Moreover, "temporal proximity has minimal probative value in a retaliation case where intervening events between the employee's protected conduct and the challenged employment action provide a legitimate basis for the employer's action." Twigg v. Hawker Beechcraft Corp., 659 F.3d 987, 1001-02 (10th Cir. 2011). Here, between the time Plaintiff complained about the harassment and her termination, she was unable to return to work after twelve weeks of FMLA. While Plaintiff may have legal theories for challenging her inability to return to work, it does not erase the fact that her failure to return to work provided an intervening event that "undermines[s] her temporal-proximity argument" -that is, if she had any temporal-proximity argument. Id. at 1002.
Without any facts suggesting that Plaintiff's termination was causally connected to her complaints, Plaintiff's claim is merely speculative. Plaintiff's claim for retaliation under Title VII is dismissed.
3. Hostile Work Environment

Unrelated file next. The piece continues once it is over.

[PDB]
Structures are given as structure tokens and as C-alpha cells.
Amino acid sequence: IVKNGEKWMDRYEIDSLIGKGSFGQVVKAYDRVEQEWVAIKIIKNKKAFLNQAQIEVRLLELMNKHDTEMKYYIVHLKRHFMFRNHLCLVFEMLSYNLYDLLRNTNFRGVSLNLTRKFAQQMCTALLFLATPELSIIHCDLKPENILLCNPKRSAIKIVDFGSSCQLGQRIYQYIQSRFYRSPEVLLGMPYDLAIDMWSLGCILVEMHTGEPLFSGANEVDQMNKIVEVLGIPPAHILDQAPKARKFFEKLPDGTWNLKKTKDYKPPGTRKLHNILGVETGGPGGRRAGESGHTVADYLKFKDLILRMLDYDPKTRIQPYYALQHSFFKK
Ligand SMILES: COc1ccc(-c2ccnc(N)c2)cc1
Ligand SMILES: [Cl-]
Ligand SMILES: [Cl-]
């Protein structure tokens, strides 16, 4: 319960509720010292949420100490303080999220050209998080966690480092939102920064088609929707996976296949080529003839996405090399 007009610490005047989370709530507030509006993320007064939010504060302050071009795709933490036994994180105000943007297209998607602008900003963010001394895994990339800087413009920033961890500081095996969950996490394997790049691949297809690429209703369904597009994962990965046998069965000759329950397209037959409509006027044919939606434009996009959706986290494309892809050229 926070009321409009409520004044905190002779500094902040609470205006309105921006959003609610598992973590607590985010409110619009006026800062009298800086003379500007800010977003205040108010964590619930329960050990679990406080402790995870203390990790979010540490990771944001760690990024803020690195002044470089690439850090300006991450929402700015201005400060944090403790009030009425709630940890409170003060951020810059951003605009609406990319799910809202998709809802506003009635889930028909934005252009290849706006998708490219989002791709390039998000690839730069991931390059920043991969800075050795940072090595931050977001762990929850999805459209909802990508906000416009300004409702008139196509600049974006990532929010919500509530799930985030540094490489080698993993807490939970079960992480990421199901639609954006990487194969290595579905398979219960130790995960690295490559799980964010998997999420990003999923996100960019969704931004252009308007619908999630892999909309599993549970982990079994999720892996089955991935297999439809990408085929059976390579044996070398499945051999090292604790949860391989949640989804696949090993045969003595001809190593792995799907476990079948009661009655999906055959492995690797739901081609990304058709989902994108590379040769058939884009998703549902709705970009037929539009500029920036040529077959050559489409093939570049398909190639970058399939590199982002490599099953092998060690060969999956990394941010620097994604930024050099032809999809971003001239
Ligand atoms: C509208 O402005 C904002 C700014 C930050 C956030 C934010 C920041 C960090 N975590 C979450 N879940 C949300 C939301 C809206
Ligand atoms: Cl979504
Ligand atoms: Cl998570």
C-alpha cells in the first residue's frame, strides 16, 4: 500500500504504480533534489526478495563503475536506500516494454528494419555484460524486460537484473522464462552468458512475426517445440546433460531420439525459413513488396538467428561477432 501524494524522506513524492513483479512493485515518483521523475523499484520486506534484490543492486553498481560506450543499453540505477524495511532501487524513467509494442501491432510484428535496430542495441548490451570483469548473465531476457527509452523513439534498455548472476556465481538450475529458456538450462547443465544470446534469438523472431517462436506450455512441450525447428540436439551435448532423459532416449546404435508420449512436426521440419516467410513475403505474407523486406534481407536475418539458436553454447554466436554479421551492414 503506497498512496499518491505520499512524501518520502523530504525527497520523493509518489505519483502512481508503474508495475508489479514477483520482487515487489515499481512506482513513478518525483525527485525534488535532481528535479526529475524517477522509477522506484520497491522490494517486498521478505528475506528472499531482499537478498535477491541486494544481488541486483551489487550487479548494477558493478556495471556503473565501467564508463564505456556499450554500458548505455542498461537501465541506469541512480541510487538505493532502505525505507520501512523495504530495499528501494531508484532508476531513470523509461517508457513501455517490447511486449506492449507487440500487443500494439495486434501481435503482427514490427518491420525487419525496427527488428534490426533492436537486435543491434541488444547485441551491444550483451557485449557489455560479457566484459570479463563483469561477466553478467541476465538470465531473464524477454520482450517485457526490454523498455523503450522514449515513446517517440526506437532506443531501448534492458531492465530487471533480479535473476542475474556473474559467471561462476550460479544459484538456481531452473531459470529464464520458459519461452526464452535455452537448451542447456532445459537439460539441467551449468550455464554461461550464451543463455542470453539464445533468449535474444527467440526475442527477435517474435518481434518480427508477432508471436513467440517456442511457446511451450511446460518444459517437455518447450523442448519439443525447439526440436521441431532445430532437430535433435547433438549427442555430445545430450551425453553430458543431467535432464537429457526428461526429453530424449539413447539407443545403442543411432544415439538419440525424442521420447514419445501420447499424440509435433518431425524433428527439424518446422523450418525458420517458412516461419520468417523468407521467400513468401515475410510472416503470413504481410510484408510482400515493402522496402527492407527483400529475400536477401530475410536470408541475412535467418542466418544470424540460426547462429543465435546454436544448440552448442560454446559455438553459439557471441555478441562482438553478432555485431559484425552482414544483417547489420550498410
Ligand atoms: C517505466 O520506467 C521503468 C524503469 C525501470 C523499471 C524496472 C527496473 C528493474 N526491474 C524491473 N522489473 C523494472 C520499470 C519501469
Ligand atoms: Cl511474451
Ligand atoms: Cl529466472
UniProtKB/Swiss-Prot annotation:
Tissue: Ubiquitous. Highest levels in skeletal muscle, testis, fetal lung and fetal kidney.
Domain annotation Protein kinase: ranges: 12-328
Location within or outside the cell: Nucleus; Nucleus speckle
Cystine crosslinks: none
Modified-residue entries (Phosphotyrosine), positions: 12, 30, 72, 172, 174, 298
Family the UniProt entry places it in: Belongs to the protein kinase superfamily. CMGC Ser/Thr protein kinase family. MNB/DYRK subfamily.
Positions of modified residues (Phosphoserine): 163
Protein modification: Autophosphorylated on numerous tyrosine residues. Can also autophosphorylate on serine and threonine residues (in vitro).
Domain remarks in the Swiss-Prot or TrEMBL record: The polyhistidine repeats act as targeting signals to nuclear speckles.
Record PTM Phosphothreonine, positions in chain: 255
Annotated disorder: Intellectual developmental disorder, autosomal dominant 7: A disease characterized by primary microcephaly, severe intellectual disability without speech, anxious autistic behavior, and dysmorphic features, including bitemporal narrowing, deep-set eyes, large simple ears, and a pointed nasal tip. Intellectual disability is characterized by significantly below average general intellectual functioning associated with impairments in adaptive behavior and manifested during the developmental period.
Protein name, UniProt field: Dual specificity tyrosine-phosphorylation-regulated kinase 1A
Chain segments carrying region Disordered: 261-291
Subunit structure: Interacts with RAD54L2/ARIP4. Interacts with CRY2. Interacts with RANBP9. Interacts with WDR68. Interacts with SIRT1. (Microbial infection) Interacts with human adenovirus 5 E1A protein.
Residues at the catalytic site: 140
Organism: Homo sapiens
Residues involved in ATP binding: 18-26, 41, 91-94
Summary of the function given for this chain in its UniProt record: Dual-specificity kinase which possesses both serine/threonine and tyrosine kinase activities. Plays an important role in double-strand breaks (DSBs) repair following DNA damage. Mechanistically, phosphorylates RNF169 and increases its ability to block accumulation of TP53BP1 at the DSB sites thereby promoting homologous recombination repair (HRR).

The final theory Plaintiff could have raised under Title VII is a hostile work environment claim. To state a hostile work environment claim, a plaintiff must show "(1) that she was discriminated against because of her sex; and (2) that the discrimination was sufficiently severe or pervasive such that it altered the terms or conditions of her employment and created an abusive working environment." Morris v. Colorado Springs, 666 F.3d 654, 663 (10th Cir. 2012) (quoting Pinkerton v. Colo. Dep't of Transp., 563 F.3d 1052, 1058 (10th Cir. 2009)); see also Mobley v. Dillon Companies, Inc., 153 F.3d 727, 1998 WL 314589, at *3 (10th Cir. 1998) (affirming dismissal of claim because the harassment "must be sufficiently severe or pervasive to alter the conditions of the plaintiff's employment and create an abusive working environment"). "A plaintiff must show that the environment was both objectively and subjectively hostile or abusive." Morris, 666 F.3d at 664 (quoting Davis v. U.S. Postal Serv., 142 F.3d 1334, 1341 (10th Cir. 1998)).
Plaintiff's Complaint manifests a subjective impression that her work environment was hostile and abusive. She alleges that Defendant Quick "periodically subjected Plaintiff to unwelcome and painful physical touching and to unwelcome social invitations . . . out to lunch, to work-out, [and] to basketball game[s]." (Doc. 4 ¶ 17.) She complains that Defendant Quick would push down on her shoulder tumor, causing her pain. (Doc. 4 ¶ 18.) She also describes an incident where he "red-faced and angry, physically and verbally assaulted Plaintiff" by yelling and clenching his fists. (Doc. 4 ¶ 19.)